How to shoot panoramas !

First, what is a panorama?


Strictly a panorama is an unusually wide picture that shows at least as much width-ways as the eye is capable of seeing, if not a greater left-to-right field of view than we can ever see (e.g. it shows 'behind you' as well as 'in front'). 

But there is more to it than that. I love panoramas. There's something very appealing about their shape. Its because we see the world more in these dimensions than the old limited near square format of standard film/sensor frames. For me, it's like a window that allows one full access to an area he previously visited.

What do you need?

The most basic item you need is, well, a camera. :) Basically, any camera will do, but, as with any craft, the better the tools you have, the better or faster the job is done. You can start by making panoramas with any compact digital camera (some even have a special panoramic mode that gets the job done faster for you). Once you start enjoying taking panoramas on every occasion, you can think about getting a digital SLR camera. Any brand will do, and at the beginning you can use the standard lens that came with the camera. Later on, you can upgrade your kit with a special fisheye lens (e.g. Sigma 8mm 3.5 or Nikon's Nikkor 10.5mm).

How to shoot pictures then?

The most basic way of shooting pictures for panoramas is handheld. That is, you keep your camera in a vertical position (a.k.a. Portrait position) and you start shooting pictures, rotating around on a 360 degrees axis.

At the beginning, this movie was very usefull for me, as it is more easy to understand what you have to do when you see someone else do it first :). 
So, let's watch mr. Jeffrey Martin, the creator of the world's biggest panoramas, those of Prague and London (well done !) :

Special thanks go to the guys at Panomonkey  for a very good beginner's guide.

Right, so here are some things to remember:

  • When shooting handheld, the FIRST picture of your panorama should be STRAIGHT. That is, it should not be tilted in any direction. The other images in your panorama can be pointing up or down - it doesn’t matter. But the first image must be straight! If you don’t shoot your first image straight, the resulting panorama will not be straight, either.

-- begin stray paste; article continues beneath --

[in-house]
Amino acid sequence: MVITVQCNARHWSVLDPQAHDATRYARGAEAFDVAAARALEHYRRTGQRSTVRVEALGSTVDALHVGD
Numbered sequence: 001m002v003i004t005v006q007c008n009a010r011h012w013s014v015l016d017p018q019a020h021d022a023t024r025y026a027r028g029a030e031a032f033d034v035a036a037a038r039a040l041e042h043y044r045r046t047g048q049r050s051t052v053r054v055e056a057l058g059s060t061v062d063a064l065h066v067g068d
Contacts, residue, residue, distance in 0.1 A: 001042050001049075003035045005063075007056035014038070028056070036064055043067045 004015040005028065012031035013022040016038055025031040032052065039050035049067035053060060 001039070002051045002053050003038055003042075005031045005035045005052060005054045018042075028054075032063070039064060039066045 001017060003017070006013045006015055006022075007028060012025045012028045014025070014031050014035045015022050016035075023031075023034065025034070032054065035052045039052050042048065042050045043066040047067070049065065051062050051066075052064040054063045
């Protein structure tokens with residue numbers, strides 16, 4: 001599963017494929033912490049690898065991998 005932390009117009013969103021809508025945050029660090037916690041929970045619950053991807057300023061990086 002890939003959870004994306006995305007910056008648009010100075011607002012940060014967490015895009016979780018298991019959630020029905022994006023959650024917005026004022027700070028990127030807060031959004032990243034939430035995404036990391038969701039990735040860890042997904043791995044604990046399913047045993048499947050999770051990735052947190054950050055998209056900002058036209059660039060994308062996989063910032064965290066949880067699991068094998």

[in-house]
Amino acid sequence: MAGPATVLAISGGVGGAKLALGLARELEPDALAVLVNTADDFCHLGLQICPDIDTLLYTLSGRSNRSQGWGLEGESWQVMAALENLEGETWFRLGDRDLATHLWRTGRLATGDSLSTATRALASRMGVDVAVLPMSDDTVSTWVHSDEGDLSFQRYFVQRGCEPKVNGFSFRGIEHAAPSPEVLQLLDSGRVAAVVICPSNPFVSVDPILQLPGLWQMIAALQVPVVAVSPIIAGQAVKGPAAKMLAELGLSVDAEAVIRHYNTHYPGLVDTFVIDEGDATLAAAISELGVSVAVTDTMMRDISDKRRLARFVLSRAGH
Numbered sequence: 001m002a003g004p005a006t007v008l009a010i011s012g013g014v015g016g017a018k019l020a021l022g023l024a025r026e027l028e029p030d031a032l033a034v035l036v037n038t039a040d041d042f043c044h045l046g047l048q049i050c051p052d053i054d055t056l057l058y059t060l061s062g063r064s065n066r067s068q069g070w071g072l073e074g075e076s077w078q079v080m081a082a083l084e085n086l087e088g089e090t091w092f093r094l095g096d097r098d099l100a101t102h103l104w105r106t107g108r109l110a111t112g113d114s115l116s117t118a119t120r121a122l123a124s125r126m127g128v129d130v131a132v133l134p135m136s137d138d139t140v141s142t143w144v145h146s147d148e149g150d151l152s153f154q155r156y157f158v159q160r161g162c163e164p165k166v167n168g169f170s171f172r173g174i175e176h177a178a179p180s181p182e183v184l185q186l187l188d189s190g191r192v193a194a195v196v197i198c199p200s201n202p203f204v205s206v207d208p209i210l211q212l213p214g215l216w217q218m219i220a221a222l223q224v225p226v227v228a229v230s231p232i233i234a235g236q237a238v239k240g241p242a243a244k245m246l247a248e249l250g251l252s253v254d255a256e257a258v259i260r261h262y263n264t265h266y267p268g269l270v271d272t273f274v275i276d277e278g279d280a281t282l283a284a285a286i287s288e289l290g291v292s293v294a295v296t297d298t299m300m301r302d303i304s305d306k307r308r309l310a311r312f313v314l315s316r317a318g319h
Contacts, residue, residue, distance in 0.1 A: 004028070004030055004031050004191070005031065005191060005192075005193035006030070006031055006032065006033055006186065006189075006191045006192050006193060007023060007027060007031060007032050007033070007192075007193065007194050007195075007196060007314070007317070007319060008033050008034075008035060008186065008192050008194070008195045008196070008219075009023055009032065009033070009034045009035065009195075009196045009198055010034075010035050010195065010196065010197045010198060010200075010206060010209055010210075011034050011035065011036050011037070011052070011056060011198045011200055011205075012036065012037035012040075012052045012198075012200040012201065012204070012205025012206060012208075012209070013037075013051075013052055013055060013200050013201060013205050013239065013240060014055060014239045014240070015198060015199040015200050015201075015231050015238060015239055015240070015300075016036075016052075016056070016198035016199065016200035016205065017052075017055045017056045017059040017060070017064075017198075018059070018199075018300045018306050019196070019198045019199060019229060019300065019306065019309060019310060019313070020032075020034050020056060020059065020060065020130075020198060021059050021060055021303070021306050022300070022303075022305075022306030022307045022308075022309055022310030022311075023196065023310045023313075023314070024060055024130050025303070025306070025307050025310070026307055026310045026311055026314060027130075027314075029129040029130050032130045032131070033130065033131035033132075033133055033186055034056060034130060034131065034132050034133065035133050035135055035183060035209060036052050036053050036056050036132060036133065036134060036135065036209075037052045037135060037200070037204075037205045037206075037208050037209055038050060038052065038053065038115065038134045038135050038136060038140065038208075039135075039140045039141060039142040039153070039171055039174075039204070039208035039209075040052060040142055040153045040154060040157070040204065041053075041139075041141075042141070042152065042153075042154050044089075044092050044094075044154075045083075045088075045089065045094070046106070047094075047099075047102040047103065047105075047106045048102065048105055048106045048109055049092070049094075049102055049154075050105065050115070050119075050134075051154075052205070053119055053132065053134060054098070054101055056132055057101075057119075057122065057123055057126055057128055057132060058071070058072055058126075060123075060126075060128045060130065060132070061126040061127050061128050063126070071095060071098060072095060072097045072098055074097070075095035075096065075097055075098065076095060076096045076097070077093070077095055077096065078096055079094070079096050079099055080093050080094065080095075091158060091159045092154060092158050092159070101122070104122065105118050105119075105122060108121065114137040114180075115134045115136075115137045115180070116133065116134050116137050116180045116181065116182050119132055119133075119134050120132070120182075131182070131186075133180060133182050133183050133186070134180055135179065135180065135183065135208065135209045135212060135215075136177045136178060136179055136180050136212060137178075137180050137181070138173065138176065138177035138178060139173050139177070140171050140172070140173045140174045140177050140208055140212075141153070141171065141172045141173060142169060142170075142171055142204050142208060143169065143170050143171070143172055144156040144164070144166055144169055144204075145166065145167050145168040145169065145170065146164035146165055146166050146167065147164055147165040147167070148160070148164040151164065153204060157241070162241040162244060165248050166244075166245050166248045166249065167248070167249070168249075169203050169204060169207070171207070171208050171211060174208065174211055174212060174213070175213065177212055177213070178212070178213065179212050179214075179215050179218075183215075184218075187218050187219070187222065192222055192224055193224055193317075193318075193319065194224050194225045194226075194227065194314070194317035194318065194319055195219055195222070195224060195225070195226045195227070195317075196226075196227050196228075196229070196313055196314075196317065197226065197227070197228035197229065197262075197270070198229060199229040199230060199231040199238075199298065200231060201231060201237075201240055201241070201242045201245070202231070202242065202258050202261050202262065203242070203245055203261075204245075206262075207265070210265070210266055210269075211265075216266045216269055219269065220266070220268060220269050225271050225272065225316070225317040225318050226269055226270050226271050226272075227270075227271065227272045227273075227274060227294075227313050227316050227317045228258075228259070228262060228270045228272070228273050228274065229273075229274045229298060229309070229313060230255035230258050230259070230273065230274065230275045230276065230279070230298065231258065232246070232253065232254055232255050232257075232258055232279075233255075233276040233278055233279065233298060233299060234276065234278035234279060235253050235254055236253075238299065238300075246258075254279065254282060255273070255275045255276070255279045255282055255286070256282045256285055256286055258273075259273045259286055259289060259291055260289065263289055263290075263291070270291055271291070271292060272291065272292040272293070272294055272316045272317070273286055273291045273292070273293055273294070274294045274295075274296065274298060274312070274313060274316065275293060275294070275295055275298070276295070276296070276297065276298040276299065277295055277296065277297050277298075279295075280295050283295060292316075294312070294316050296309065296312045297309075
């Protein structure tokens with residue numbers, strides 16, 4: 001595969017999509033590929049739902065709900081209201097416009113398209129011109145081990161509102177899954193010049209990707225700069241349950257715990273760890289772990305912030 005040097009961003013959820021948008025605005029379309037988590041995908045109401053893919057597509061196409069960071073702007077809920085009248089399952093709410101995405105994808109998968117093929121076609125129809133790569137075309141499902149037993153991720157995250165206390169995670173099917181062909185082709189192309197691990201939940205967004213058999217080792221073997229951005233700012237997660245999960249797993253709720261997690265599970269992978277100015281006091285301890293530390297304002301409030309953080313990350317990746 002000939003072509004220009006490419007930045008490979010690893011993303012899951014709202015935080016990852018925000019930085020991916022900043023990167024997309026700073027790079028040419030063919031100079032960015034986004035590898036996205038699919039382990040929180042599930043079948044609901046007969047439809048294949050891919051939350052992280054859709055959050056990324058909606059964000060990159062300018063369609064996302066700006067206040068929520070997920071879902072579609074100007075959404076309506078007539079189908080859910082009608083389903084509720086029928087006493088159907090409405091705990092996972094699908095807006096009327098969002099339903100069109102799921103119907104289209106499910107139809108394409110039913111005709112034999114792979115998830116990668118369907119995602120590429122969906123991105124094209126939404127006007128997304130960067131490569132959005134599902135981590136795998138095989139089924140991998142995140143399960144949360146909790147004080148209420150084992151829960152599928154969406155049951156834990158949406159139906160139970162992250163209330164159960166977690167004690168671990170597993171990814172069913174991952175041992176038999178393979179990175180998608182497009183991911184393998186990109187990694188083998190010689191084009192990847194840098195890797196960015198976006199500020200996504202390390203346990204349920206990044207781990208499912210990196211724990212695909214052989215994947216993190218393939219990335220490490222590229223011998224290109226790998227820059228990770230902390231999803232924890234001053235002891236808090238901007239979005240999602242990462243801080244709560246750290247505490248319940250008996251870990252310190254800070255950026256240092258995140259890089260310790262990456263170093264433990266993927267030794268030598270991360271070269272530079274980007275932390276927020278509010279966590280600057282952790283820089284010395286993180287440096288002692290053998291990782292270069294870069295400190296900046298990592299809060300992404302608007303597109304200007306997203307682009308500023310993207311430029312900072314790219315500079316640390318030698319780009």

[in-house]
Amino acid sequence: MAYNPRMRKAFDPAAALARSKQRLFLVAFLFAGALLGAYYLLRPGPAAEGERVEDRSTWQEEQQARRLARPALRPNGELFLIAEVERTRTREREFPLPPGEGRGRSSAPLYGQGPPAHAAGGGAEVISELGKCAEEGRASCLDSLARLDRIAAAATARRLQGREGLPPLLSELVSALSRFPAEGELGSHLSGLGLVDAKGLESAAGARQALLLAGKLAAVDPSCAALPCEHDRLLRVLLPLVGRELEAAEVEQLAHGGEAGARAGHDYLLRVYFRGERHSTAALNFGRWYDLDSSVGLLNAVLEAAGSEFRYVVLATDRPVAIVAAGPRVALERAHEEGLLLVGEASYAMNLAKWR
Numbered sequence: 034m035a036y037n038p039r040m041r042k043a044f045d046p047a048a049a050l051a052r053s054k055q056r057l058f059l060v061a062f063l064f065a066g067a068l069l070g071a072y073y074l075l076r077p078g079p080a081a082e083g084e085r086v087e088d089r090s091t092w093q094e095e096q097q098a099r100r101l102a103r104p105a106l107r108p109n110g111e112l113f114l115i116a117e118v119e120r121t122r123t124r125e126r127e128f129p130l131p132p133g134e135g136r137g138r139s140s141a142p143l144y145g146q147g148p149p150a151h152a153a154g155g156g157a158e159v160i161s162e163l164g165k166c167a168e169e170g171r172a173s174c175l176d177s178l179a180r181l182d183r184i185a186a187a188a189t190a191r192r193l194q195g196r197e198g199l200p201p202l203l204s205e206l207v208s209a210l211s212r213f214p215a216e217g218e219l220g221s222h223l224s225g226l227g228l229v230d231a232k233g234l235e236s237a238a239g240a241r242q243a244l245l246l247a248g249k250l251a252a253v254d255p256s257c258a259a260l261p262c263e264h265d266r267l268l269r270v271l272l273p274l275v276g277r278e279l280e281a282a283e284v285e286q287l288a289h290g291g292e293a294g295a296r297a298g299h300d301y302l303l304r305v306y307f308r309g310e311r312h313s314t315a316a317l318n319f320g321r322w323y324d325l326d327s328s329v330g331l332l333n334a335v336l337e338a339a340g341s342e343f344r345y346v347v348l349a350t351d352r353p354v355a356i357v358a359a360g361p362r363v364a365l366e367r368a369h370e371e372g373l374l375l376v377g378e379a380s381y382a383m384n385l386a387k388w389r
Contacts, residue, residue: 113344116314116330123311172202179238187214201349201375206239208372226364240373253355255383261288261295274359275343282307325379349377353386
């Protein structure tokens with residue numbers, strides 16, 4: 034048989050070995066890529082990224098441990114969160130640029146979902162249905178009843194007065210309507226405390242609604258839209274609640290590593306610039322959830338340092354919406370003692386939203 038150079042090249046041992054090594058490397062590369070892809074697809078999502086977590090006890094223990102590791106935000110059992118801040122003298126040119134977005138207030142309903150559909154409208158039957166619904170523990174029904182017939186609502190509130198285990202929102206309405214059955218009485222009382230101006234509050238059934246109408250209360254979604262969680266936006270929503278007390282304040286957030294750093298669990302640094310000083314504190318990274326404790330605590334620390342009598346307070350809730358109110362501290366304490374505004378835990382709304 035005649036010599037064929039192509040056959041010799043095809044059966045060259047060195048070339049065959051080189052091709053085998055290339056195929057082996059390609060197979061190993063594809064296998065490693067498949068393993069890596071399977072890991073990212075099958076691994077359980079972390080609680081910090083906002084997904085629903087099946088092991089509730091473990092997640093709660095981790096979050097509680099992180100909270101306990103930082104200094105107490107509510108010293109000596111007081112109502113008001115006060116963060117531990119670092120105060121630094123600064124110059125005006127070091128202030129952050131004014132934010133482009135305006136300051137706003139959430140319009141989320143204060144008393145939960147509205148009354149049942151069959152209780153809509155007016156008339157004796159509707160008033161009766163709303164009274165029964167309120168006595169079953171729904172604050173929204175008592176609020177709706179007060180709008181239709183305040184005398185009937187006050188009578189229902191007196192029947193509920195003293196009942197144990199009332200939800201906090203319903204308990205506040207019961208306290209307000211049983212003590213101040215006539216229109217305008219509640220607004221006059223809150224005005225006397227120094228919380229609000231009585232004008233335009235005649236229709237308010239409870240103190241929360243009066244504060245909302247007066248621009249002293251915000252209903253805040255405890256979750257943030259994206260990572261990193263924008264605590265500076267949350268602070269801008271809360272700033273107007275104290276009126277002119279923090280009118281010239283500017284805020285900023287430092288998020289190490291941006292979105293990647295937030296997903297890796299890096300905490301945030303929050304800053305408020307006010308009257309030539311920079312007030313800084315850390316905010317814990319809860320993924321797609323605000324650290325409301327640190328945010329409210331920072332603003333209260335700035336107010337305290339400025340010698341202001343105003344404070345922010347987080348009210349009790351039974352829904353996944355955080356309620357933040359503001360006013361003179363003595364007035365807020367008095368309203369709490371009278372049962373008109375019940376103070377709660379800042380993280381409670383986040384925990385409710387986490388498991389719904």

• Always take the pictures at the same time, with minimum time lost between each shot. Why is that? Because, things often tend to move around us, thus creating errors in the final stitched picture. Because I took too much time shooting this panorama, the man with the red shorts got messed up. :)
  • Try to have a good overlap on pictures. Usually you must choose between 20% - 50 % overlap. Remember: More overlap means it is easier to blend lighting/colour differences (if you make a mistake with exposure/colour temperature or the light changes anyway). A larger overlap also makes it generally easier to edit out moving subjects (vehicles, people, etc). So, choose accordingly to what's going on around you :). 
  • Focus: Shoot all your pictures with the same focus or else, the stitching process will be a nightmare. Try to focus on an object at medium range for the first picture, and keep that focus constant for the whole panorama. If you choose an object that is too far, the ones that are closer to you will get blurred, like in this panorama
  • Shoot as many images as you need to cover the entire desired area (a sphere for the full efect or just a cylinder). With fisheye lens, you usually need between 3-7 pictures but with other lens you can go from 10 pictures to as high as 100 (It took me 107 pcts., to be exact, for a full spherical panorama of my living room, so don't give up easily:)
  • Exposure: In the beginning , it's better to use automatic exposure. If you have a DSLR camera or you can change the aperture value, try to set it to F/8, for the sharpest pictures. Try to shoot all photos with the same exposure, and if you are shooting a very high contrast scene ( e.g. sun and shade in the same images) then you can use bracketing. See what I mean about having exposure problems in my panorama here.
  • I would suggest, if possible, to avoid positioning the camera too close to the edge of a piece of scenery you intend to shoot. Best see what I mean in my panorama, shot near Curmatura chalet, in Piatra Craiului mountains. The wooden beam is not fully shown, it only extends to the left and right of the image.
  • Experiment with the camera position, for the full effect. Outdoor panoramas are at best when there are interesting things shown up close, and there are things of interest further away. Take a look at this.
  • Sometimes, when the sun is shining brightly and thus creating problems with lighting in the panorama, you can position the camera behind, say, a tree, so you only get the sun on the edges of the tree. Best see what I mean in my panorama here. I only got a portion of the full sun effect, and the snow blown away is very nicely lit.
Ok, that's all I can think about right now, but I'll update this as soon as I have something else worthy of mentioning.:) Always remember: "Practice makes perfect!"

So, next time you are going to a beautifull location, bring your camera with you, and give panoramas a try! Who knows? You might even end up shooting more than your regular pictures :)

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